Posted by: theodorecosmosophia | June 13, 2011

Wendy Brown-Báez Reviews Cosmosophia

Cosmosophia: Cosmology, Mysticism, and the Birth of a New Myth

reviewed by Wendy Brown-Báez

author of Ceremonies of the Spirit and transparencies of light

As a teacher and writer, I was particularly struck by this quote: “The shortest distance between two people is a story.” There was a time when we sat around the fire and told stories, stories we learned from our ancestors about where we came from, stories about the people in our village to explain their behavior, stories of great deeds to inspire or terrorize us, stories to explain the mysterious and inexplicable, stories that pointed to spiritual truths. Stories “speak directly to our sense of meaning” writes Theodore Richards, as well as create bonds between us.  “Humans make their world through the stories they tell,” Richards reminds us. He writes that in order to find meaning in these stories, we create myths: “A myth allows us to use our imagination to complete the story that observation began.” He goes on to say “Mythology does not merely explain or describe the cosmos, it invites us to participate in it.” He reports that in contemporary Western culture we are experiencing distance not only from story but from consciousness of our own inner wisdom, “In the absence of story told by the fire, the only voice we hear at night comes from the television, telling us that our lives are meaningless and will not improve unless we consume more and more.”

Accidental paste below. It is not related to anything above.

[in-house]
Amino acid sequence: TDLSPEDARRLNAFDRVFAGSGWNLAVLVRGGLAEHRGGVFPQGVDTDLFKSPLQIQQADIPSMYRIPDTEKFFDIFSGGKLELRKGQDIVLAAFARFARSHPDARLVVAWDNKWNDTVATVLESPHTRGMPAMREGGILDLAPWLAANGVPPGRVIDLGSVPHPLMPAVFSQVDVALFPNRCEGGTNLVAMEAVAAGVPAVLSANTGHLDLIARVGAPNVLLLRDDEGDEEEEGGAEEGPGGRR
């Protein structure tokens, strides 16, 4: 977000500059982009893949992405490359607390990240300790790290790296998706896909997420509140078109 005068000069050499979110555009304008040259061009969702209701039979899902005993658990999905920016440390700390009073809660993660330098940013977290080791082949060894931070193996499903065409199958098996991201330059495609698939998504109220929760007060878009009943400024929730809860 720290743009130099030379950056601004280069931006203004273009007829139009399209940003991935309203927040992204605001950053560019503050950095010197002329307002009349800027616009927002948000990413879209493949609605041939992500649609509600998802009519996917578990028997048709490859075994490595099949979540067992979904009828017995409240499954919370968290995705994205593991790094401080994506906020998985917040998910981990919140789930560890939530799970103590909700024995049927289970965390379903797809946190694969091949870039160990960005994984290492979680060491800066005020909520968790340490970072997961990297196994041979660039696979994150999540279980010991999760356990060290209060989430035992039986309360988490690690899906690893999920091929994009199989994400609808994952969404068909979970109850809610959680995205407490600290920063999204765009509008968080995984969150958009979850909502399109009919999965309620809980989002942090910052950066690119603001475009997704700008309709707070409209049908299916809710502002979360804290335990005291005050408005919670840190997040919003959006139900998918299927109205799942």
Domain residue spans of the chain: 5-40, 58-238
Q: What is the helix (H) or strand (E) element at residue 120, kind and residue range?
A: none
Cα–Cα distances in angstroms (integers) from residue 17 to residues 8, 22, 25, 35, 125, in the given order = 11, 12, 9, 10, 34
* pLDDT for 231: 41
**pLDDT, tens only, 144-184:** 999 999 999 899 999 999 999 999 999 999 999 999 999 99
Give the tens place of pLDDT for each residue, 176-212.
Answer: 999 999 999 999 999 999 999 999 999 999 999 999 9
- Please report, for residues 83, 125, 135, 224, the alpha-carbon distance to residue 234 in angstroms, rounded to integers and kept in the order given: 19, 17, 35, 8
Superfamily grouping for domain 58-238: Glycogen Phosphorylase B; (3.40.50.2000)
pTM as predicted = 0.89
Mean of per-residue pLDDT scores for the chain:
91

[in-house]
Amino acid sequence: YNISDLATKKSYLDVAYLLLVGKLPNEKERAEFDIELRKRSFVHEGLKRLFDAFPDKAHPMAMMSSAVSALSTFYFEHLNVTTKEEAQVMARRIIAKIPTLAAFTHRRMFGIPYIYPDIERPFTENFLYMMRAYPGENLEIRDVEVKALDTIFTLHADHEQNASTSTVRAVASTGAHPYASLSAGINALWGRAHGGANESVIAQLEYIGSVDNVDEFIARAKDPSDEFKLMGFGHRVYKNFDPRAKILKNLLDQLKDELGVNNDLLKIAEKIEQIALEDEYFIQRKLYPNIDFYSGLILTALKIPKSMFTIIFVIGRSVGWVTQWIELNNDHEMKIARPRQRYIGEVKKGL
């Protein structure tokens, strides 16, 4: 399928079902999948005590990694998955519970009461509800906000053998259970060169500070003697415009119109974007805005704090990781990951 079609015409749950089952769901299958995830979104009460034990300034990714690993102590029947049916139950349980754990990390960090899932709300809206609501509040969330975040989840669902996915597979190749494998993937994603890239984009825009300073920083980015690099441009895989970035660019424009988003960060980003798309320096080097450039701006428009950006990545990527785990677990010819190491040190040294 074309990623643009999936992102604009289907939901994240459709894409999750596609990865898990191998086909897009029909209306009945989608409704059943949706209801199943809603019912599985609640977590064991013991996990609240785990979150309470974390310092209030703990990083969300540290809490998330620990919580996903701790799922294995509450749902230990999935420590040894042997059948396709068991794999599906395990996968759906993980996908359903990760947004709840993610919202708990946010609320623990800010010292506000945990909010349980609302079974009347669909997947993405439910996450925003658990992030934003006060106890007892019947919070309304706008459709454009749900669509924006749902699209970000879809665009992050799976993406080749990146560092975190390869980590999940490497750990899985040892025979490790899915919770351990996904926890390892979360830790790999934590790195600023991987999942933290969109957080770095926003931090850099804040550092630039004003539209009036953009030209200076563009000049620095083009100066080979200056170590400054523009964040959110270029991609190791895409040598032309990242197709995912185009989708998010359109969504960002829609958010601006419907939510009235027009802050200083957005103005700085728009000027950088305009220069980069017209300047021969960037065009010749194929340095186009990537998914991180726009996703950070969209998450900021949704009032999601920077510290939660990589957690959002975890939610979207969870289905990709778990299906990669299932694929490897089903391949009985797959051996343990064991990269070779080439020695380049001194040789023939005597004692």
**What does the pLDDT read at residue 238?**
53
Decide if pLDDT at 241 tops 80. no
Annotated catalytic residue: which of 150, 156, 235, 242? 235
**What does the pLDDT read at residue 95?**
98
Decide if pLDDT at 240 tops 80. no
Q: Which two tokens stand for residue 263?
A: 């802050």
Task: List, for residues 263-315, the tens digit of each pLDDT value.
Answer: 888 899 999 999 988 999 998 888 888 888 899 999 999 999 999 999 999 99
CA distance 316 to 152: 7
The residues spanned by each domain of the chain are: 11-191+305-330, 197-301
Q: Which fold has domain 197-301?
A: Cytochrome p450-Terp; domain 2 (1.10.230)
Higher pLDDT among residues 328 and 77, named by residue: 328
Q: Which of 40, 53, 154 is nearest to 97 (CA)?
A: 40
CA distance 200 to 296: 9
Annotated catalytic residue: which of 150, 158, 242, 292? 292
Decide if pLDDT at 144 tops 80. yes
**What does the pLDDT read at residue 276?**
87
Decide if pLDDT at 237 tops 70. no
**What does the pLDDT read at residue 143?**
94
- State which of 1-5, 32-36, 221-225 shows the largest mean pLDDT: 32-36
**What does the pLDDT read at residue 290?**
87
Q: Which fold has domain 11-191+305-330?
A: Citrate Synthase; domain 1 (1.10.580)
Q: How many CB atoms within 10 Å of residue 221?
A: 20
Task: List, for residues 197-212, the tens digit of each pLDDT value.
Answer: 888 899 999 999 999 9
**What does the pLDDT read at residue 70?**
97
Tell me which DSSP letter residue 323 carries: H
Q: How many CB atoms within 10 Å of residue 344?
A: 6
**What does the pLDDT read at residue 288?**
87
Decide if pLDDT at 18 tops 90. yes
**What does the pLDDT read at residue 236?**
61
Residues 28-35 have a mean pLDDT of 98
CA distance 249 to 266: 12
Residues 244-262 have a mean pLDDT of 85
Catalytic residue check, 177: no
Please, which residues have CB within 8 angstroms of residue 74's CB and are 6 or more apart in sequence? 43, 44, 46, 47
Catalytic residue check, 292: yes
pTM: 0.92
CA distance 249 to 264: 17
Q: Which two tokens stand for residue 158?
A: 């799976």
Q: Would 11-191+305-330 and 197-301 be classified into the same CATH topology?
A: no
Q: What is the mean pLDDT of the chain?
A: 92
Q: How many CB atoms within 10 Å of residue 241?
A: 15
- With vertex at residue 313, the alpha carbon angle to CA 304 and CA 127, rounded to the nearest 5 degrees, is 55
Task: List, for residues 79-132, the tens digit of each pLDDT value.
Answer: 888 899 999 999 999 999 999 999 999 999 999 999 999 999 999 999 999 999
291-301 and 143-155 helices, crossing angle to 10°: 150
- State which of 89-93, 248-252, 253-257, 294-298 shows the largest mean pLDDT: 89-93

There is no doubt that human beings are in crisis. We are, as Theodore Richards explains in his book Cosmosophia, experiencing a humanitarian crisis, an ecological crisis, and the crisis of meaning. Richards invites us to participate in a process that will guide us through this crisis and awaken our potential, a process that had evolved from his years of spiritual training, his explorations in mystical traditions of diverse cultures, and his poetic capacity of employing metaphor to transform paradox into harmony.

Richards writes, “I begin this book with a study of the current crisis not to advocate a pessimistic view of the world—but to convey an understanding that the world is birthing something new, unexpected and beautiful at this moment. We are failing to fulfill the central role of the human being in the world—to find meaning in human terms…. Our choices now affect the very sustenance of life on the planet. We are witnessing, for the first time, the confluence of human history and cosmic history…I argue that the work that is required now is nothing short of a collective mystical experience…for all of humanity.”

Richards then goes on to defines this mysticism as the creative act of communion of our individual identity with our cosmic identity.

Eventually we each come to question why we are here, either through significant moments of transition such as birth/death or during moments of solitary contemplation when we discover that there has to be more than our senses tell us. Richards begins with the basic question, “What unique contribution of expression can the human give this Universe?” and continues with, “There are many answers …how we answer the question defines us, tells us who we are. No individual can create this myth alone; it is created collectively and dialogically through the communal process.”